Beautiful and practical apron with stamped design, Made in Italy
Dimensions: 90x70 cm
Shoulder strap height 23 cm
2 side straps
Fabric: cotton linen blend
Drawings: ears of corn and “Romagna” cockerel
Made in Italy
The handmade decorated with typical Romagna prints is a product with a precious fabric (cotton-linen blend), resistant and robust. This is a high quality apron if compared to the silk-screen ones.
Each apron is unique, one is always different from the other. It is entirely handmade in Italy.
The product is characterized by a traditional Red Romagna print.
The Romagna prints embody the spirit and tradition of peasant Romagna: lively, creative, proud.
The apron is handmade in every little detail, such as fabric, cut, stitching, right up to the print.
The ancient "rust" manual printing technique can lead to small imperfections.
Prints may also be visible on the reverse side of the fabric.
Care of Romagna prints products
To have bright colors and white fabric you can follow the following tips:
- For the first three washes use cold water (by hand or in the washing machine)
- In case of stains, please avoid rubbing directly on designs and leave the textile to soak instead.
- Use diluted bleach in the first three washes.
- You can use bleach as needed, soak or wash.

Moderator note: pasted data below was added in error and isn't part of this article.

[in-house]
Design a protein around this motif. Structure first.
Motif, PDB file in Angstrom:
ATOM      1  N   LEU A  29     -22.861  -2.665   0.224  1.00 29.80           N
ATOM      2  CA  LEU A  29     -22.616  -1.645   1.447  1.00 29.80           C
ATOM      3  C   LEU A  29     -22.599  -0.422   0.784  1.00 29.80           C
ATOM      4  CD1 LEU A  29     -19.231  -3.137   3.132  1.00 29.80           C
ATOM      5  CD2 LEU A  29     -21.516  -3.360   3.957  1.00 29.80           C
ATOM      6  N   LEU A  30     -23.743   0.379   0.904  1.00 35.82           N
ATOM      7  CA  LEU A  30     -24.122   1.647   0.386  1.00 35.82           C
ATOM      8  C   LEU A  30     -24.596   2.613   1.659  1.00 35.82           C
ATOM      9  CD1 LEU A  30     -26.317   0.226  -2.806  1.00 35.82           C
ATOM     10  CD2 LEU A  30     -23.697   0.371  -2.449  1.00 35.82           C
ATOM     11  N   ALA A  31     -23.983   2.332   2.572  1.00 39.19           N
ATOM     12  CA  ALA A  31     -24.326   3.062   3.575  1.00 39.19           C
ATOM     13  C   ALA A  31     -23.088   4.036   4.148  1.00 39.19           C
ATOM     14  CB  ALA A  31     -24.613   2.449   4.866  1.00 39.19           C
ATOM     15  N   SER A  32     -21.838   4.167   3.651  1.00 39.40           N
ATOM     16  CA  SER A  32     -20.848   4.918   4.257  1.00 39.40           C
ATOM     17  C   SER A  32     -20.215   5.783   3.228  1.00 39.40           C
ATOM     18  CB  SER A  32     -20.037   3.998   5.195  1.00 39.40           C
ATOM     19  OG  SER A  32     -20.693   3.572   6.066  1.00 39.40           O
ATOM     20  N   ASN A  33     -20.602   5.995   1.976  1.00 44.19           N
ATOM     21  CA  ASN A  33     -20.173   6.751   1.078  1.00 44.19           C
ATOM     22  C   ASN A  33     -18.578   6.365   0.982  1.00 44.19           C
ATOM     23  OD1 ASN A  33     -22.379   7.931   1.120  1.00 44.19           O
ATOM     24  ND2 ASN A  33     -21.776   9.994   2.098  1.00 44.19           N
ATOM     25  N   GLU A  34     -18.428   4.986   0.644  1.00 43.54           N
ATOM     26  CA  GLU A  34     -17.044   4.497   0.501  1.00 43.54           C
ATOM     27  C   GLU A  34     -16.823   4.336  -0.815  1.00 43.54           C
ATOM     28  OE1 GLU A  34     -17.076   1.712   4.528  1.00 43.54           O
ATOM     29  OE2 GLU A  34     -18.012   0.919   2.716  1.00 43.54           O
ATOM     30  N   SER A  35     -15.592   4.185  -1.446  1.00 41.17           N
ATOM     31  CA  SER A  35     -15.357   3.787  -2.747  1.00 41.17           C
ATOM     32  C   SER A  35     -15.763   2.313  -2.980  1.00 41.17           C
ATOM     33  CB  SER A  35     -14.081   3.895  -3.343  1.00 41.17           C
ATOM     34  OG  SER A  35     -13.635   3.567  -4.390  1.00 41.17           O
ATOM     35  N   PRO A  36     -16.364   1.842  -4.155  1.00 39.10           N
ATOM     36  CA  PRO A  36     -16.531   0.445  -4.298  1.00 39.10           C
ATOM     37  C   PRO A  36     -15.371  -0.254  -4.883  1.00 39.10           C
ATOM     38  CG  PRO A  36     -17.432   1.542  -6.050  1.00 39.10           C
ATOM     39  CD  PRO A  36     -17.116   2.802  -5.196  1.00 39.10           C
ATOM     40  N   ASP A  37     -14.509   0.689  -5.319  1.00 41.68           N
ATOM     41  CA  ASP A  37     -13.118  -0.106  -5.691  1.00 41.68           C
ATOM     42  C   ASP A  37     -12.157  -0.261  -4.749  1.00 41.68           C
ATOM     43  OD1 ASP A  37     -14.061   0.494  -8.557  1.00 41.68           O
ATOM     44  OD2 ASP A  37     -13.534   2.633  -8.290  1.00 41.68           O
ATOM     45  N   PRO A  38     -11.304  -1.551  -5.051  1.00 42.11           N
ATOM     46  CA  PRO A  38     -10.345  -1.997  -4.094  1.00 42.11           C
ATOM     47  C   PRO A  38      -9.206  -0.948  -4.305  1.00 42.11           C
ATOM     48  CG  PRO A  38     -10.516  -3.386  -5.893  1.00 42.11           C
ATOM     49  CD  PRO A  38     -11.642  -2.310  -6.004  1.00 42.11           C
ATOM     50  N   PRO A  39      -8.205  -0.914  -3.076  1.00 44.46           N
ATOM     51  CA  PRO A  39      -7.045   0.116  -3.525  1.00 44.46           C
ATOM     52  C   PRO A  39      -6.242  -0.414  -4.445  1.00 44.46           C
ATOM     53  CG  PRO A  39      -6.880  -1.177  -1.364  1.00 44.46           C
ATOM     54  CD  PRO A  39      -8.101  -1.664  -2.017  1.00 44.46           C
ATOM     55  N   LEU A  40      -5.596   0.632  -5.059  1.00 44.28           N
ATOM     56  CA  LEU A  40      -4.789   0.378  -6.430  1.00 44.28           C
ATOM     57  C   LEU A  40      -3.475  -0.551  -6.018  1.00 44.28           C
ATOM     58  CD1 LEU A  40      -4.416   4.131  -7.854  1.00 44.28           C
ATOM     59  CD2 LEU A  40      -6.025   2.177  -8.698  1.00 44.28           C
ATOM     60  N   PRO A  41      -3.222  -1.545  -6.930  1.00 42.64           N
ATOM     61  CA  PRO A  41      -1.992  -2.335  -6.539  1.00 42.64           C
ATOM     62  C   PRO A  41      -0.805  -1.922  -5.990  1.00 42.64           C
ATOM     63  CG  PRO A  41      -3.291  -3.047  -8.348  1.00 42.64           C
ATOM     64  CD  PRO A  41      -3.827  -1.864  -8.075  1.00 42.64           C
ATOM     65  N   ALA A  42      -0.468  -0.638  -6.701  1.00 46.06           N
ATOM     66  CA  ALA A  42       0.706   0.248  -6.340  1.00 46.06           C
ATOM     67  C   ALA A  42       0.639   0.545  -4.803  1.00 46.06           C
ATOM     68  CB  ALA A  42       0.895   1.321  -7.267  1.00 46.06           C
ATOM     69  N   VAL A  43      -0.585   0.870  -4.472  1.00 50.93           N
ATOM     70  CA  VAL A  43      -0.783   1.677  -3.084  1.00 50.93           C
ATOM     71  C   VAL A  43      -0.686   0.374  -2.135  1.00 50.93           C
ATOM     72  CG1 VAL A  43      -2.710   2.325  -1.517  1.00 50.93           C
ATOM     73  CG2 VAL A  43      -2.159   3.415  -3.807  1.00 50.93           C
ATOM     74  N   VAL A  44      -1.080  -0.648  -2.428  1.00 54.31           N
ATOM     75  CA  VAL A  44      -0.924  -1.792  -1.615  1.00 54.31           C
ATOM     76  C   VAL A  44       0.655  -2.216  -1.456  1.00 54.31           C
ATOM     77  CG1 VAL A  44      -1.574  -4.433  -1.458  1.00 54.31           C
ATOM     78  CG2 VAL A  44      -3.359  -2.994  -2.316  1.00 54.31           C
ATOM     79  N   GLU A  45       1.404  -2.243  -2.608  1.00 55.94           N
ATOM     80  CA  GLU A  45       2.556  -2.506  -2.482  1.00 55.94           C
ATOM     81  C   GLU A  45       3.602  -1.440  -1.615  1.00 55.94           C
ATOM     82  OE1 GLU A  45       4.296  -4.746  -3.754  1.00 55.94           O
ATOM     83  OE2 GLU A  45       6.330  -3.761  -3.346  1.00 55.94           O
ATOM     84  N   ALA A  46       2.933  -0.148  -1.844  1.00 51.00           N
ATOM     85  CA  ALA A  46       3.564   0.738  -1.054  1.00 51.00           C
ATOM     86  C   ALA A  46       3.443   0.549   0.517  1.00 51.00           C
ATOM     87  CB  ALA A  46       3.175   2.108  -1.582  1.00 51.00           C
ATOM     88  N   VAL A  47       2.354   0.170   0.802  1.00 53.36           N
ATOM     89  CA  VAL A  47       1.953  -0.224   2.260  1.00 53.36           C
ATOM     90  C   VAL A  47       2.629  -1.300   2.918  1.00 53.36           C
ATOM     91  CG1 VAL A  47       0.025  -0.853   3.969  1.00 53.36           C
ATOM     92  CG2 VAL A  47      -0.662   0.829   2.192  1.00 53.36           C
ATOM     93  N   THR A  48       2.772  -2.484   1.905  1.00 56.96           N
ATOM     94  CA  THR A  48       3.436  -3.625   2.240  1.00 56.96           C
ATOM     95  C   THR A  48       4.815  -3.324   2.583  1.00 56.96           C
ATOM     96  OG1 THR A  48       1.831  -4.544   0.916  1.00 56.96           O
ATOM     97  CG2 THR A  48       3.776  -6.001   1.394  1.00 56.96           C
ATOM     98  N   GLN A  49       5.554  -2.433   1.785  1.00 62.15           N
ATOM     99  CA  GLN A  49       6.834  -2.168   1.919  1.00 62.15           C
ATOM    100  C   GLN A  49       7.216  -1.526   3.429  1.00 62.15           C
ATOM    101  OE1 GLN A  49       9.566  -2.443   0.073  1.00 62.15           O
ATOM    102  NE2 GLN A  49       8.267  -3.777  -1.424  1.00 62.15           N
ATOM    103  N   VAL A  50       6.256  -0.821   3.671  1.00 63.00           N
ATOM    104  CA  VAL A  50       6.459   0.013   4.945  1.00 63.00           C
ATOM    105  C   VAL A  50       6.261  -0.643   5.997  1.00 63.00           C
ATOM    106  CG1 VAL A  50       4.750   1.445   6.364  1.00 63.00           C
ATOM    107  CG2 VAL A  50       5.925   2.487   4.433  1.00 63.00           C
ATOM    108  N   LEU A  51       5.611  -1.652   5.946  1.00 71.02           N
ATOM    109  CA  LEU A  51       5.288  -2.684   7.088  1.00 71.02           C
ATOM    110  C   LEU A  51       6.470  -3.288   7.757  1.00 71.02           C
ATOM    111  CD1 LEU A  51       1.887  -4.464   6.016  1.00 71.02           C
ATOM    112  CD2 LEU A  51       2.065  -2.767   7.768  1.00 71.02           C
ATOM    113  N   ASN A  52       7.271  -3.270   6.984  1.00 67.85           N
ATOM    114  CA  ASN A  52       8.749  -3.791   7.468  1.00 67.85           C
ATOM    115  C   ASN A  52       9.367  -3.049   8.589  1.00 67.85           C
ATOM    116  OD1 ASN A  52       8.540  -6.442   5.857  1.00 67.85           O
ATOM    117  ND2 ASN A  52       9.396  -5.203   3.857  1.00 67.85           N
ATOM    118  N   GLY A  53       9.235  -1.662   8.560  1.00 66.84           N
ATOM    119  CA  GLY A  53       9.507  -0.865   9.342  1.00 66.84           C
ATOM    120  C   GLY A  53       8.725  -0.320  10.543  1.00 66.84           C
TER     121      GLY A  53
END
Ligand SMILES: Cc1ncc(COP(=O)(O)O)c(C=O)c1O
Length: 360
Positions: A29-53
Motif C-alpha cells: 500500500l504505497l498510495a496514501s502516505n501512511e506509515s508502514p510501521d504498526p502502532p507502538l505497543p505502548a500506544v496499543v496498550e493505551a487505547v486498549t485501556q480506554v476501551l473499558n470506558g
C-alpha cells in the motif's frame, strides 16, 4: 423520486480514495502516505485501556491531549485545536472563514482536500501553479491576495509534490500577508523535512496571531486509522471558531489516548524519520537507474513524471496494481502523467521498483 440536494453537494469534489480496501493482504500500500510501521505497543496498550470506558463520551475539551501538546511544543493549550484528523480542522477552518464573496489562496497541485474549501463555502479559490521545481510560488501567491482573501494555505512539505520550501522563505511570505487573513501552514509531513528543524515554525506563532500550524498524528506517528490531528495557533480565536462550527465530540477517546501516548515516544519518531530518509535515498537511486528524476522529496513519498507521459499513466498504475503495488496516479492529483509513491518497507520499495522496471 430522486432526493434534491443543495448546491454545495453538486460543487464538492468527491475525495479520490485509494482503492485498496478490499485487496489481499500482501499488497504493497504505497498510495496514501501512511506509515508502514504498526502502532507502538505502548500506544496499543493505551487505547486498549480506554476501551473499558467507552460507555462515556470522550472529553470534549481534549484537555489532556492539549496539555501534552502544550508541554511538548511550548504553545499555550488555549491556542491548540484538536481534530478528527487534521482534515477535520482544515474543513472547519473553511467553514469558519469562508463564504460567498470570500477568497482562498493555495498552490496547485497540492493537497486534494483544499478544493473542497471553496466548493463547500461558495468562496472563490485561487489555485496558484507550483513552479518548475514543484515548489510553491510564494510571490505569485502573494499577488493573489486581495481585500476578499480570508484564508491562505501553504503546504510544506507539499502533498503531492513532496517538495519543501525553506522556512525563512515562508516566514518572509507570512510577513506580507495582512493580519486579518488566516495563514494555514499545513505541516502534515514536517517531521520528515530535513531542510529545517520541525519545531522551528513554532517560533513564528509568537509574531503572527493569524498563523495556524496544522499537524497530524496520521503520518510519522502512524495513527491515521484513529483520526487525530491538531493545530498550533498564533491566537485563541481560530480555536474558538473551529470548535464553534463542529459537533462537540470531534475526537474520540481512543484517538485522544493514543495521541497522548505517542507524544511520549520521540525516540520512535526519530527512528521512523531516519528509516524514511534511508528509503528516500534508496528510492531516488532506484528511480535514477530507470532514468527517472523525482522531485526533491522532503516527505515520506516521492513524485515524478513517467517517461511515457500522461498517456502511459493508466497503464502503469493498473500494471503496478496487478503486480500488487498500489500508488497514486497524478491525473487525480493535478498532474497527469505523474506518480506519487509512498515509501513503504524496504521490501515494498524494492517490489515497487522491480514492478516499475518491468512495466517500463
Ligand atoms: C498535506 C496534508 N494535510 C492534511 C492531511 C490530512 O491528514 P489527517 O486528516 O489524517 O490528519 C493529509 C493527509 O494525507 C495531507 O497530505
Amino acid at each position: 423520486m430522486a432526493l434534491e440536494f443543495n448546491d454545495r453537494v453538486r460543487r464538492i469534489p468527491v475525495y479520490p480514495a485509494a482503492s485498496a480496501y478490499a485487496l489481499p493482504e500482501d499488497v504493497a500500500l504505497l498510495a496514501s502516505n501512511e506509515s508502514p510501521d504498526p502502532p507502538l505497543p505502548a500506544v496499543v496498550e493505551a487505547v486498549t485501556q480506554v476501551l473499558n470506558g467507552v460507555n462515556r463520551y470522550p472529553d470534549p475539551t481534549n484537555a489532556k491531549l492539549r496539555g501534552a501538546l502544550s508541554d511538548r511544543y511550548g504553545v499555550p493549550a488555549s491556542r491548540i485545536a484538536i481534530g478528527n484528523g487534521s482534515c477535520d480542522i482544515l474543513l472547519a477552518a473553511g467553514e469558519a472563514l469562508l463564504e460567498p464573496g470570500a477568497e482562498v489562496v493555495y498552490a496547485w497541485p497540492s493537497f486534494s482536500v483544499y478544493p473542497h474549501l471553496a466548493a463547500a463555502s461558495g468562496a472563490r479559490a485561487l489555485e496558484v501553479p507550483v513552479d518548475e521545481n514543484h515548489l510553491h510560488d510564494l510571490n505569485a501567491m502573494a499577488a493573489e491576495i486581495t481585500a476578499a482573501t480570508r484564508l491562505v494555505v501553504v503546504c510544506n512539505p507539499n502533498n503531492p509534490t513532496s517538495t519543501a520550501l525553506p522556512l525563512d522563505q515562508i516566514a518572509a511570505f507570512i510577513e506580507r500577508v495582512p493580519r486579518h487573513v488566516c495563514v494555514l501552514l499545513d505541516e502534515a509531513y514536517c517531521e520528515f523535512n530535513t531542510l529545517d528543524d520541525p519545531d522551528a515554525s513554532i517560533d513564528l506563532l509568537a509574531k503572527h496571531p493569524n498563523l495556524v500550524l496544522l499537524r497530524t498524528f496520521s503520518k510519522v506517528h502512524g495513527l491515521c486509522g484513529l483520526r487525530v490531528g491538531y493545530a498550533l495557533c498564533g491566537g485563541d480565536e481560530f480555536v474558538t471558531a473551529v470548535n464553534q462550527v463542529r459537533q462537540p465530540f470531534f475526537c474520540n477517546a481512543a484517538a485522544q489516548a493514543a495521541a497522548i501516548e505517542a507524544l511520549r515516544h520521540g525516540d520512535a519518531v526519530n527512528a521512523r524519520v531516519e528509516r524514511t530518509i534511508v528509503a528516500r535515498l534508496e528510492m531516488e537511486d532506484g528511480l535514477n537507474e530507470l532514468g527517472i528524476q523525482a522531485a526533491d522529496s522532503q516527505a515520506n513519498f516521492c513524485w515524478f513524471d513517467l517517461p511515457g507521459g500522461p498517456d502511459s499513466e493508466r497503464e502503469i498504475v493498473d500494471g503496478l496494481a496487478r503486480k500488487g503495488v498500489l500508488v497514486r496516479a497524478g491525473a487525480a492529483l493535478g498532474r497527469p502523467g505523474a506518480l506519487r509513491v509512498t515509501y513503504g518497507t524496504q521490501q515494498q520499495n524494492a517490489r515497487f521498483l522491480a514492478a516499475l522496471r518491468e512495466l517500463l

- Washes at a maximum of 60 degrees.
- Do not dry in the dryer machine.
- Iron with high temperature and steam.
- Iron when the fabric is still slightly damp.
History of typical Romagna prints
This kind of artisan print is very old and has existed since the time of the Egyptians.
In Romagna it has probably spread since at least the 1400s, they were particularly widespread between the late 1700s and early 1900s.
Initially printed products were used as a caparison with Saint Anthony’s depictions to decorate the oxen. Later they began to decorate aprons, blankets, towels, tablecloths, cushions and curtains.
Today the traditional Romagna prints are spreading again thanks to their beauty and undisputed quality.
How are Typical Romagna prints made?
The wooden matrices, made of pear wood engraved by hand, once impregnated with color are placed on the fabric and hit with a mallet until the color has completely transferred onto the canvas.
Then the clothes are dried and the color fixed. The final step is the ironing.